All Blacks captain has Richie McCaw has endorsed a proposal to develop an integrated global rugby season.
McCaw and other leading players are calling on the game's leaders to renew efforts to develop addresses long standing player welfare and competition challenges.
The International Rugby Players' Association (IRPA) - the worldwide representative body for professional rugby players - held a conference in Australia recently and considered the possibility of moving the June Test match window until the last three weeks of July, beginning in 2016.
The move would see Northern Hemisphere club competitions starting a month later, enabling more of their domestic competitions to be played after the Christmas break, potentially provide more breathing space for their respective finals series' and improving player availability for Test matches.
In the South the change could do away with Super Rugby's month-long break and allow players an extended pre-season, something that has been sought for years.
"We're in a unique position - for the first time since rugby went professional, the major Northern and Southern Hemisphere competition and commercial structures are on the table at the same time," IRPA Chairman Damian Hopley explained.
"This is the ideal time to seriously consider change that will secure player welfare initiatives."
The 2016 timing is important, as the 2015 Rugby World Cup will put significant pressure on the season structures of Northern Hemisphere leagues. Mid-week rounds have already been mooted, putting pressure on spectator numbers, club revenues and negatively impacting on player welfare.
The idea would also see the British & Irish Lions from the 2017 series in New Zealand onwards touring in a clear window after Super Rugby, with an improved ability to deliver full strength mid-week games. Existing windows for RWC, Six Nations, Rugby Championship, the November Tests and provincial competitions would not require any change.
IRPA is now asking SANZAR, Premiership Rugby, the French clubs, The Celtic League, IRB and the Six Nations to come together and open their minds to the potential benefits of change, and what that may look like.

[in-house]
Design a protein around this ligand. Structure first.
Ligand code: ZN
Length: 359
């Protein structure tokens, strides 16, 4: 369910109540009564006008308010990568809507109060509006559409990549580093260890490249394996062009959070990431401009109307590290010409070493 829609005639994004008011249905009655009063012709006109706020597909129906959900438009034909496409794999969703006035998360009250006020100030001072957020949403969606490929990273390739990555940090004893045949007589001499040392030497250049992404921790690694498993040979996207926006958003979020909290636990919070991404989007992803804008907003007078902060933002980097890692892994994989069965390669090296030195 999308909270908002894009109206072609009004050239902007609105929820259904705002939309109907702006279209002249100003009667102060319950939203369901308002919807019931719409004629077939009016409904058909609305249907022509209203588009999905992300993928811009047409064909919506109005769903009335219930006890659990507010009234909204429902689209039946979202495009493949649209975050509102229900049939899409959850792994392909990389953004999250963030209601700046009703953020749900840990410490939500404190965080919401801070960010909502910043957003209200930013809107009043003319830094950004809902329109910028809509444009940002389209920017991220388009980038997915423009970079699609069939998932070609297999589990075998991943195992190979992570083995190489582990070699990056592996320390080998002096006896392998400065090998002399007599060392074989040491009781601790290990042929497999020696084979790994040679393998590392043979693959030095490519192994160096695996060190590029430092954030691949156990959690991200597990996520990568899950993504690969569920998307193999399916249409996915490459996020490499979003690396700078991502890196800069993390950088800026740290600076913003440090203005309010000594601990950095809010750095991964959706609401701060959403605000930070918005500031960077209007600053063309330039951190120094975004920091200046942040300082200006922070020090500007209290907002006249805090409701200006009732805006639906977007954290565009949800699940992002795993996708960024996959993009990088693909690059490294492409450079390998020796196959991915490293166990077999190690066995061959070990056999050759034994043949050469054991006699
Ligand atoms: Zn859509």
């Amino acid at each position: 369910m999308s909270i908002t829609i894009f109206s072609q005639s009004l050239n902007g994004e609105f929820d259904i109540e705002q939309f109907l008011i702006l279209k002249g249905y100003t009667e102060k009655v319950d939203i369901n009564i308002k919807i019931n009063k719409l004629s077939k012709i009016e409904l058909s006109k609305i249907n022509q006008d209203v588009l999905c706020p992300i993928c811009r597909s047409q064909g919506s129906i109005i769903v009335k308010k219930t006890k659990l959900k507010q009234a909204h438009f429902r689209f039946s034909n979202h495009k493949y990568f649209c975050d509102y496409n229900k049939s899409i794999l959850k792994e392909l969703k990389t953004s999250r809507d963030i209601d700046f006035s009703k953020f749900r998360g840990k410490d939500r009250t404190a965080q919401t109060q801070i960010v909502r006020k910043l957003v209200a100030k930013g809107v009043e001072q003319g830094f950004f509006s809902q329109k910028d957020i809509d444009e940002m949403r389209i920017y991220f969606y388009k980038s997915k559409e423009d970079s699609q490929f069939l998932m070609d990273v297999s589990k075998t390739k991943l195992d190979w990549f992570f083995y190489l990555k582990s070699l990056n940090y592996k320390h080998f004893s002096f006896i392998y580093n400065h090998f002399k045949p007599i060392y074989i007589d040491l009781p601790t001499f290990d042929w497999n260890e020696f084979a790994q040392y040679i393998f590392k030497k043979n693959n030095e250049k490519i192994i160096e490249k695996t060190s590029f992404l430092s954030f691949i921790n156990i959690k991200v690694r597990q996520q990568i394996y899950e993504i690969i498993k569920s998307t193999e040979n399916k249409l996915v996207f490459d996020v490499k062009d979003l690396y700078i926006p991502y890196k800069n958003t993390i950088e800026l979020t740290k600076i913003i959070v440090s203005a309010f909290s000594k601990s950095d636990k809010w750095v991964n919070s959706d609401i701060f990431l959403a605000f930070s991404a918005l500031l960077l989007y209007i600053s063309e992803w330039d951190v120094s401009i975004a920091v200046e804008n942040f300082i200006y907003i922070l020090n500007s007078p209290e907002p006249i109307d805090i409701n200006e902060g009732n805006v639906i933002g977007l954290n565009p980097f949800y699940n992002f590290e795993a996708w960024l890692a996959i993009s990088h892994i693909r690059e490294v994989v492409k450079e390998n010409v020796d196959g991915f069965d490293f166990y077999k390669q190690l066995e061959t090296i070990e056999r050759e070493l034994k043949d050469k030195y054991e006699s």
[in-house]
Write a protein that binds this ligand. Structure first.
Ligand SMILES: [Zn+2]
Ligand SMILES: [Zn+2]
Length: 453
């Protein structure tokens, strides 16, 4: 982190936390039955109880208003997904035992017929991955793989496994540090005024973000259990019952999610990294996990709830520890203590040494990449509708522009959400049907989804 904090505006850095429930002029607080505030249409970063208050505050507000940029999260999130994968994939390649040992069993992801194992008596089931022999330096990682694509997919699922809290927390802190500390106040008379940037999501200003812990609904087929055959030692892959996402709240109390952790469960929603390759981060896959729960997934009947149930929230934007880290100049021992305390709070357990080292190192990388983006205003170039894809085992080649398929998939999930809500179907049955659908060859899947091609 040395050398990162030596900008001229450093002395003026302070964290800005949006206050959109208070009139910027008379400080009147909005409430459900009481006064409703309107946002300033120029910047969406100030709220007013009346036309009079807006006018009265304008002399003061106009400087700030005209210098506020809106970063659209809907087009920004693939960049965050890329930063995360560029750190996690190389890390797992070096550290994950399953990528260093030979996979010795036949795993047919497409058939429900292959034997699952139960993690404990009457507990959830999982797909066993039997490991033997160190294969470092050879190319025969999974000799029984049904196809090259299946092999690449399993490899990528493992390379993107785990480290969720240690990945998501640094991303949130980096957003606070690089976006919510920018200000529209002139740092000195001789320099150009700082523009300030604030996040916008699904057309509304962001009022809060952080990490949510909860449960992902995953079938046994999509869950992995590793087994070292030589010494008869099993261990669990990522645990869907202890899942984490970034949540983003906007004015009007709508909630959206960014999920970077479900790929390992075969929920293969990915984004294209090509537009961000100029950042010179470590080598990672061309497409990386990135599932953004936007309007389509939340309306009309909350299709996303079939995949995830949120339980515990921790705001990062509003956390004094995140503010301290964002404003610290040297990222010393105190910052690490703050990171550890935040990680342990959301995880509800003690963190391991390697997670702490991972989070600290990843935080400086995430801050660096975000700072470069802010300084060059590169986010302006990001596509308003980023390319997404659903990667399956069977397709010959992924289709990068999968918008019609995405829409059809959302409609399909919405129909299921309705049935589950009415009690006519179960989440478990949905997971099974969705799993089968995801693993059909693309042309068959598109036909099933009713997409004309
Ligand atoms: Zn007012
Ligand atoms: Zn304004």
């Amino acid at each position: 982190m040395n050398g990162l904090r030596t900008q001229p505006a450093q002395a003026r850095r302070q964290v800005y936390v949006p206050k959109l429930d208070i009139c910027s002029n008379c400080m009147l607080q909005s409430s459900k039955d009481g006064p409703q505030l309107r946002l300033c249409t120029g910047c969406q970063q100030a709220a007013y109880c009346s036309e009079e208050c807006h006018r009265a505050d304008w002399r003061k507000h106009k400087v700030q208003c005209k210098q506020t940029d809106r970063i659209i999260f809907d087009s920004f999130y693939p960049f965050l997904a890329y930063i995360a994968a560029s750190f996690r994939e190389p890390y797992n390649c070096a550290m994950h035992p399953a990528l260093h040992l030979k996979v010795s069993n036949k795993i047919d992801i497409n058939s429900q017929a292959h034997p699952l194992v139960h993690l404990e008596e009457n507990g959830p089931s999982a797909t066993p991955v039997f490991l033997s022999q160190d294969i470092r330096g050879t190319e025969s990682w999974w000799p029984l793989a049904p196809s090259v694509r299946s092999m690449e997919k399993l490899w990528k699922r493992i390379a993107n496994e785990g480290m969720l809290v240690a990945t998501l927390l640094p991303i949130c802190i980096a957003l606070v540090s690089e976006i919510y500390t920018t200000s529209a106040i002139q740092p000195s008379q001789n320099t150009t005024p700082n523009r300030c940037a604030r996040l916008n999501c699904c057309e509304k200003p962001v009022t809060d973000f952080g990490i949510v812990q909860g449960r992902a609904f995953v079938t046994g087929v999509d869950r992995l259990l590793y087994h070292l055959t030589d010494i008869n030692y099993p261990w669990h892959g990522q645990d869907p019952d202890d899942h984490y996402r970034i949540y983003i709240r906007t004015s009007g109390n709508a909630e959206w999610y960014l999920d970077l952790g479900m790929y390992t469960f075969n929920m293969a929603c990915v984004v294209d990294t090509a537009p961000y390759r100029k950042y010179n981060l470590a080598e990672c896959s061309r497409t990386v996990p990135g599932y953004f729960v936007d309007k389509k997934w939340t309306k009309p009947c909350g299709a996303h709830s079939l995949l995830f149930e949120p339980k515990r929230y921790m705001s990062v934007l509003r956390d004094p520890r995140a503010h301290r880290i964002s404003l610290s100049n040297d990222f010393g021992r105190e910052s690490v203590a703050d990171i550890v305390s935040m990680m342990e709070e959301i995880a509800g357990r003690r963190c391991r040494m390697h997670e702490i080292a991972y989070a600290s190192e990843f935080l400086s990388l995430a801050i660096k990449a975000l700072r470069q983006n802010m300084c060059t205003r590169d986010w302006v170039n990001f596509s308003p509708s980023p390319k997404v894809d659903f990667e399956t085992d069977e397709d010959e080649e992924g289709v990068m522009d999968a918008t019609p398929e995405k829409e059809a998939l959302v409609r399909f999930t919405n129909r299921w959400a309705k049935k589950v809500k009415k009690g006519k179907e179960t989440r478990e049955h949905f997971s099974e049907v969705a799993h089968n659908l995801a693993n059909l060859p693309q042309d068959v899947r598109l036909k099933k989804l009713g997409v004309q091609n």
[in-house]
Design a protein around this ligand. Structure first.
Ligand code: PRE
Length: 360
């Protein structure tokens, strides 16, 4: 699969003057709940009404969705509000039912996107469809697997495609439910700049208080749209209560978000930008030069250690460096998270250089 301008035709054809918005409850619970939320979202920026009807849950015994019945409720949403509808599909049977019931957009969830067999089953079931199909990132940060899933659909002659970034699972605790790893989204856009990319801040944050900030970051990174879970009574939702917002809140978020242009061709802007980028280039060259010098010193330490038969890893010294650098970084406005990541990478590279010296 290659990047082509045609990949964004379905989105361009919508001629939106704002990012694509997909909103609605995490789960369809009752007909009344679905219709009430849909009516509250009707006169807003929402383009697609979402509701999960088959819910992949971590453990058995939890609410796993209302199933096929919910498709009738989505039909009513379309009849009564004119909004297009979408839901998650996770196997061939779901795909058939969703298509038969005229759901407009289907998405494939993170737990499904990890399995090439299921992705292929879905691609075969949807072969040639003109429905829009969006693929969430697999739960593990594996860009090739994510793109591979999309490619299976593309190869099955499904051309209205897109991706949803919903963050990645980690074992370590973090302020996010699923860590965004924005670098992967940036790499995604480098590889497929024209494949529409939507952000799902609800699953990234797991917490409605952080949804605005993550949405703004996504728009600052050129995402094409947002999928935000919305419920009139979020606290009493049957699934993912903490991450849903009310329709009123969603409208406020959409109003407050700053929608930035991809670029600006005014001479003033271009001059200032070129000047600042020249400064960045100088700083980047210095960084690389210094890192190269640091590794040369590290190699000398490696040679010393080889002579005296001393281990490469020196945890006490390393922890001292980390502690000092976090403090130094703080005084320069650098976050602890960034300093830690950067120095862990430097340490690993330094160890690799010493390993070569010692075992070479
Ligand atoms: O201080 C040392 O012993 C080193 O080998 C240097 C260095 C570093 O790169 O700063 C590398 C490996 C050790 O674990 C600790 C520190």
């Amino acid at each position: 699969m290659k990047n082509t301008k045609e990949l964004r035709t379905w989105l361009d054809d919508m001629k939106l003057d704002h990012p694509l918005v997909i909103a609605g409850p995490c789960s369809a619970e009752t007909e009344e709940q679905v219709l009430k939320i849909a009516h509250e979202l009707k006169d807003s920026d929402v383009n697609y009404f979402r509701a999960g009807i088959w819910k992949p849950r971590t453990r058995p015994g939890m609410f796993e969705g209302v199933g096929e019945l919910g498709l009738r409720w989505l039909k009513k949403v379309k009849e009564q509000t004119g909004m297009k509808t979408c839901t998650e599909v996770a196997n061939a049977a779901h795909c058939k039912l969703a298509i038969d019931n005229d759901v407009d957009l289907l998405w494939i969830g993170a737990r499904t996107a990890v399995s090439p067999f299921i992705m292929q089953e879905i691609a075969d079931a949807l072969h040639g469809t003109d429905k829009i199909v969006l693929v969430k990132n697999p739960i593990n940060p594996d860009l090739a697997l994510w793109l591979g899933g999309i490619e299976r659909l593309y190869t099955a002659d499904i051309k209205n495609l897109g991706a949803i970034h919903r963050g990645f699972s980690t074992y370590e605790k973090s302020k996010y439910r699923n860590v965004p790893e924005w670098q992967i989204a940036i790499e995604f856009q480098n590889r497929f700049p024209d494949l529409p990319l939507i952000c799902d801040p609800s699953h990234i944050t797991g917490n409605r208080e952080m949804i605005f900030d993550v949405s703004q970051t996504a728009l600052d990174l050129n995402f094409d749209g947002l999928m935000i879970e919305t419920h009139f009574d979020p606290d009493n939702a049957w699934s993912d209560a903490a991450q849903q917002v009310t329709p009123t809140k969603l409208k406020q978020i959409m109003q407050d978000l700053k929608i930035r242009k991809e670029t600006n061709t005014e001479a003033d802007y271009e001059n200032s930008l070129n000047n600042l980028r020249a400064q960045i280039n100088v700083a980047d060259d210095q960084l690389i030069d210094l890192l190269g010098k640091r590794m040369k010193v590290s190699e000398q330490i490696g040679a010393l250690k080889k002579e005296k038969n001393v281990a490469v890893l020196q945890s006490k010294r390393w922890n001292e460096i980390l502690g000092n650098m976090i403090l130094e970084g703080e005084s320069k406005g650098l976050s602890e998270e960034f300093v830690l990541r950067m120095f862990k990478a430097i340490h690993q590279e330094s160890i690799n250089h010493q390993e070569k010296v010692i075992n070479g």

Not surprisingly, the proposal is gaining support from professional players.
"If the game's leaders give this idea, or a variation of it, serious consideration it could be a game-changer for professional rugby," McCaw said. "It would be fantastic to address this long standing season structure debate once and for all, the players and the game would be so much better for it."
McCaw's sentiments are fully endorsed by Ireland and Lions playmaker Johnny Sexton, who is confident a breakthrough can be found through meaningful dialogue.
"We see this initiative as beneficial for the global game" Sexton said. "From a player perspective, we urge our leaders to get in a room together, take a positive attitude and see what can be done."
There are also potential spin-offs for Tier Two rugby nations. Planning for their fixtures in the test windows could be done well in advance, enhancing their ability to access their players.
Premiership Rugby are believed to be supportive of the proposal and preliminary discussions have already started with some National Unions.
IRPA Executive Director Rob Nichol said the players are all extremely motivated to play a constructive role in now getting the key parties together.
"This is a rare opportunity for greater alignment of the season structures in the two Hemispheres" said Nichol "and it is essential we use these discussions to achieve positive change for players, supporters and commercial partners."
"We focused on what we felt was feasible and what would make a significant improvement and this integrated global rugby season, moving the June test window to the last three weeks in July, was what emerged."
"We will now focus on getting the key parties together in the coming weeks to progress discussions urgently."
"We're in a unique position - for the first time since rugby went professional, the major Northern and Southern Hemisphere competition and commercial structures are on the table at the